hree Saint Mary's College students presented their research at an annual undergraduate science symposium in Montreal in November, and each returned with a merit award that recognized the quality of their work.
Stephen Schluchter '05, Barry Amos '05, and Monica Needoba '06 attended the fourth annual Sigma Xi Science Society and Undergraduate Research Symposium. Sigma Xi is an honor society for scientists and engineers that promotes original research and recognizes scientific achievement. About 180 undergraduates attended, representing institutions such as Harvard, Columbia, McGill, and other Canadian and U.S. universities.
Schluchter earned an award of "Superior" for his research on an aspect of internet transactions that is relied on each day by millions of consumers yet probably taken for granted by most of them: the time needed to encrypt and decrypt personal information that is transmitted over the internet. His presentation was titled "R.S.A. Versus Cayley-Purser: A Comparison of Modern Public-Key Cryptosystems." He compared the time required to perform those operations in two information security programs, RSA and Cayley-Purser.
"I wrote the programs from scratch, and then compared the run times of the two different systems of encrypting and decrypting text files," said Schluchter. He wrote three programs: one to translate the RSA algorithms into computer code, one to do the same for Cayley-Purser, and one to compare the two.
"Steve didn't want to just use information that I handed to him," said James Sauerberg, professor and chair of the Department of Mathematics and Computer Science. "Rather, he needed to know how did this work, why did this work. Because of his attention to detail and his need to complete things, he made this project his from beginning to end."
Amos' research was in nuclear physics, and his presentation, which earned an "Excellent" award, was titled "Determination of Event Centrality of Heavy Ion Collisions." His work was designed to better understand the behavior of gold ions-gold nuclei whose electrons have been removed-when they collide under certain conditions. Using data that was generated in an experiment conducted over a ten-year period at Brookhaven National Laboratory, in Long Island, N.Y., Amos used a mathematical model to infer the distances between the ions after they collide. Although his work is not the kind that would lead to applications in the near term, Amos said, it would be of interest to scientists involved in nuclear energy.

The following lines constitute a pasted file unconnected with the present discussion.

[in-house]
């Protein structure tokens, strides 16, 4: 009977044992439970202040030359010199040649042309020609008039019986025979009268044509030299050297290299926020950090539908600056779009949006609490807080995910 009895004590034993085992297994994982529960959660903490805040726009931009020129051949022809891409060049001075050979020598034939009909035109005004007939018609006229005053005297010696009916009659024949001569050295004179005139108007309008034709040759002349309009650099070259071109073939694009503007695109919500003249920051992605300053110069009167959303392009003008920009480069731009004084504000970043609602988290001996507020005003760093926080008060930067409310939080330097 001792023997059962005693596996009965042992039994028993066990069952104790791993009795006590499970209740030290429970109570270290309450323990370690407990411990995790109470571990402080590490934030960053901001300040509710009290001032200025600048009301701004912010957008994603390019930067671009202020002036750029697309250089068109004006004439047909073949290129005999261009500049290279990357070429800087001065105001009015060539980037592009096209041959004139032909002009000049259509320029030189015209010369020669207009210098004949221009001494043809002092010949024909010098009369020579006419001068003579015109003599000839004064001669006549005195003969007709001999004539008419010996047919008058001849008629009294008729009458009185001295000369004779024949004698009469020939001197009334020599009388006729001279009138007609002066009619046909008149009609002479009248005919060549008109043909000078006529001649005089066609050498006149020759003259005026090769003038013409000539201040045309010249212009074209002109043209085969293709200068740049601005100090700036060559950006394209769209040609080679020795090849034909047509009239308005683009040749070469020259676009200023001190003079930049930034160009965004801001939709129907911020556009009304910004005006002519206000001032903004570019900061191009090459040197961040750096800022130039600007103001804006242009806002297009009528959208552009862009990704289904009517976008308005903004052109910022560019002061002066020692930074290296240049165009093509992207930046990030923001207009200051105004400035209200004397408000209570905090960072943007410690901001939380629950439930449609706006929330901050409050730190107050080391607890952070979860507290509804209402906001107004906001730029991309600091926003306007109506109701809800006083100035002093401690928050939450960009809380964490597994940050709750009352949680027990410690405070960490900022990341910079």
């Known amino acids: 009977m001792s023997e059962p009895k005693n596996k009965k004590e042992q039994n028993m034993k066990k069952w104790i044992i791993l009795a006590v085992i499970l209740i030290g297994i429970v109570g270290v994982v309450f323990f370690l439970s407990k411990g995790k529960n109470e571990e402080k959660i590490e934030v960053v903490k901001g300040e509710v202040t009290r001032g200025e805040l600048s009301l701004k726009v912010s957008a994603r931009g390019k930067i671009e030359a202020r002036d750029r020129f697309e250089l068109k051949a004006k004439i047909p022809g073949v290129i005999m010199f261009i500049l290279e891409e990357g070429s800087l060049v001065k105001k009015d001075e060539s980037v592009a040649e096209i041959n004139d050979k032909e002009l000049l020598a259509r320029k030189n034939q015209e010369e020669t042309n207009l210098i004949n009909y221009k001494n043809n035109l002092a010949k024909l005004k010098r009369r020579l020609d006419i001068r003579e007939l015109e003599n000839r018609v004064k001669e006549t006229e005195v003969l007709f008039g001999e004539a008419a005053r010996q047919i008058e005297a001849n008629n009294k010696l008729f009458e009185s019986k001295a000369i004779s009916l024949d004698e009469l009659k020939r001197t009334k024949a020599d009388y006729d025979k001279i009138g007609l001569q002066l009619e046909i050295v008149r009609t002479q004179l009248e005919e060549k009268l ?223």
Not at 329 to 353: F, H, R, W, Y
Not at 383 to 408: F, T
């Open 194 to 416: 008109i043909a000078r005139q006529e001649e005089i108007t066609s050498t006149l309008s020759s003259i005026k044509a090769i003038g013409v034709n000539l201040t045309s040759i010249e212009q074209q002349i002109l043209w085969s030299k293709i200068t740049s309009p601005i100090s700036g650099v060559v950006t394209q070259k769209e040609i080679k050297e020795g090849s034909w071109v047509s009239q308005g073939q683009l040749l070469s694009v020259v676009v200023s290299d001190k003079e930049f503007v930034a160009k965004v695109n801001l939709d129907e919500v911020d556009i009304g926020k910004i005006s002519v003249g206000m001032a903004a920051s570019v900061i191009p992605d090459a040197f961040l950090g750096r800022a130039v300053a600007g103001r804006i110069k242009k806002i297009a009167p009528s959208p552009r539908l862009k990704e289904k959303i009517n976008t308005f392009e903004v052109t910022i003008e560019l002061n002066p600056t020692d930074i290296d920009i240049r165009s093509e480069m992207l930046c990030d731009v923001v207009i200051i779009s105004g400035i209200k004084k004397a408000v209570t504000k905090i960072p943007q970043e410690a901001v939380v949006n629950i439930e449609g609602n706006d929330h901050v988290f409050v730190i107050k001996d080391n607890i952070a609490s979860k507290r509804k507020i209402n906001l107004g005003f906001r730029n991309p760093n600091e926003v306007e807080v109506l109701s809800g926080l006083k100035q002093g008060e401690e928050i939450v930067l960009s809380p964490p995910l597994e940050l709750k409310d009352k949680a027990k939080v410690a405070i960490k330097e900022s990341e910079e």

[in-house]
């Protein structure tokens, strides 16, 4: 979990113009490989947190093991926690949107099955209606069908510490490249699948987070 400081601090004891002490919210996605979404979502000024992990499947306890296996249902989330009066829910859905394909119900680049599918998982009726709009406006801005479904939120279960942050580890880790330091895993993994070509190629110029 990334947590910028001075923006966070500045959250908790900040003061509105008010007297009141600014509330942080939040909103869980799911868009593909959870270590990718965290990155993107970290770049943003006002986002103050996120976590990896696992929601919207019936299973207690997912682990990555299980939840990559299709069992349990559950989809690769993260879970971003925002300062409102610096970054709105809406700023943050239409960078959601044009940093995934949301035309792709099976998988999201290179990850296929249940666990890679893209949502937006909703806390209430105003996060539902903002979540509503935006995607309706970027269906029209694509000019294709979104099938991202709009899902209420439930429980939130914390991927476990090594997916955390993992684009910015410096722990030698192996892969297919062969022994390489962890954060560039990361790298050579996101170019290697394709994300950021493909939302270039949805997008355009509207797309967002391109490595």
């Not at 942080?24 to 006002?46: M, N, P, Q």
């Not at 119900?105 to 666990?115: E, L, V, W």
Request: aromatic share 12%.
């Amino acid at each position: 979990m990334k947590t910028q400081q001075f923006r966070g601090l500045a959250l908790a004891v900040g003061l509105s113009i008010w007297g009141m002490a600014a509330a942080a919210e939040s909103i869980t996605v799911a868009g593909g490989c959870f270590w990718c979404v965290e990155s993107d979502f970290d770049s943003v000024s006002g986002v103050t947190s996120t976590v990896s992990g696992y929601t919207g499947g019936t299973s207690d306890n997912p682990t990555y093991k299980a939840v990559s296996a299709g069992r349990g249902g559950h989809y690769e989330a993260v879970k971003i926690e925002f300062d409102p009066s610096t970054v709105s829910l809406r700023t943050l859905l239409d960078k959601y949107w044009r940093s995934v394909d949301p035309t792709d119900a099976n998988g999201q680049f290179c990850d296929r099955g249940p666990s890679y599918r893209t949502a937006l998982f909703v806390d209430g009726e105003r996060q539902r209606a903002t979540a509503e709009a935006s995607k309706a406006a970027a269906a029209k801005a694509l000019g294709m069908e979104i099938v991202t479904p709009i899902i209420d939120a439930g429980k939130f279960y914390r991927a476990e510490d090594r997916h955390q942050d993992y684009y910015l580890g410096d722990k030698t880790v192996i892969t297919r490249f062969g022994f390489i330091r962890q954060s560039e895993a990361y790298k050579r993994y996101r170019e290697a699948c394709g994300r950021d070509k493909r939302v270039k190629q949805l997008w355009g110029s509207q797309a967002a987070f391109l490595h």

"Barry's was very fundamental research," said Jessica Kintner, associate professor and chair of the Department of Physics and Astronomy. "He was trying to understand the conditions that may exist in a star or in a possible Big Bang event."
"I was surprised to win the award," Amos said. "There were a lot of good presentations at the meeting. I felt good that in competition with some of the top schools around the nation, like Harvard and U.C. Berkeley, I was able to do so well."
Needoba selected and analyzed data that originated in a thirty-year study of the Suisun Bay, which borders northern Contra Costa County, near Martinez. Her presentation was titled "Environmental Change in Suisun Bay Over Thirty Years," and it earned her a "Good" award.
Needoba examined changes over time in the concentration of nitrates and phosphates, the number of different clam species found in the mud, and the total number of plankton. Among her conclusions were that the bay waters appear to getting cleaner in terms of nitrates and phosphates, pollutants generally considered to be due to human activity, and that an Asian non-native clam, introduced to the bay in 1977, appears to be declining in numbers.
Steven Kelley, assistant professor of biology and director of the Environmental Science and Studies program, attributed much of Needoba's success to her personal qualities. "Monica is very mature, determined, organized and very bright." The quality of her research also was remarkable, he added, because she was between her first and second years as a student when she conducted it.
Needoba, too, was surprised by her award. "I went without expecting anything, other than to speak with people who might know more about what I'm researching. Winning the award has made me want to achieve more at another conference," she said.
Schluchter, Amos, and Needoba have all participated in the Saint Mary's Summer Science program, which provides students with stipends, research funds, and housing to pursue research between academic years.
"These three students exemplify all the best that can come from the opportunities we offer to our Saint Mary's science students through our Summer Research Program," said Judd Case, dean of the School of Science. "The high quality of their research, their understanding of their work in a larger context and the excellence of their presentations are all tributes to the student's hard work, the shared engagement with their faculty mentors and to the science program in general at the College. This is not the first time we have won awards at the Sigma Xi conference. In the two previous years, students have presented their research, and each year at least one of the students has won one of the fifteen awards. The quality of our students is beginning to be noticed by science programs at other colleges and universities, in that we now have established a pattern of strong performances at these meetings."
-- Joseph Wakelee-Lynch
Office of College Communications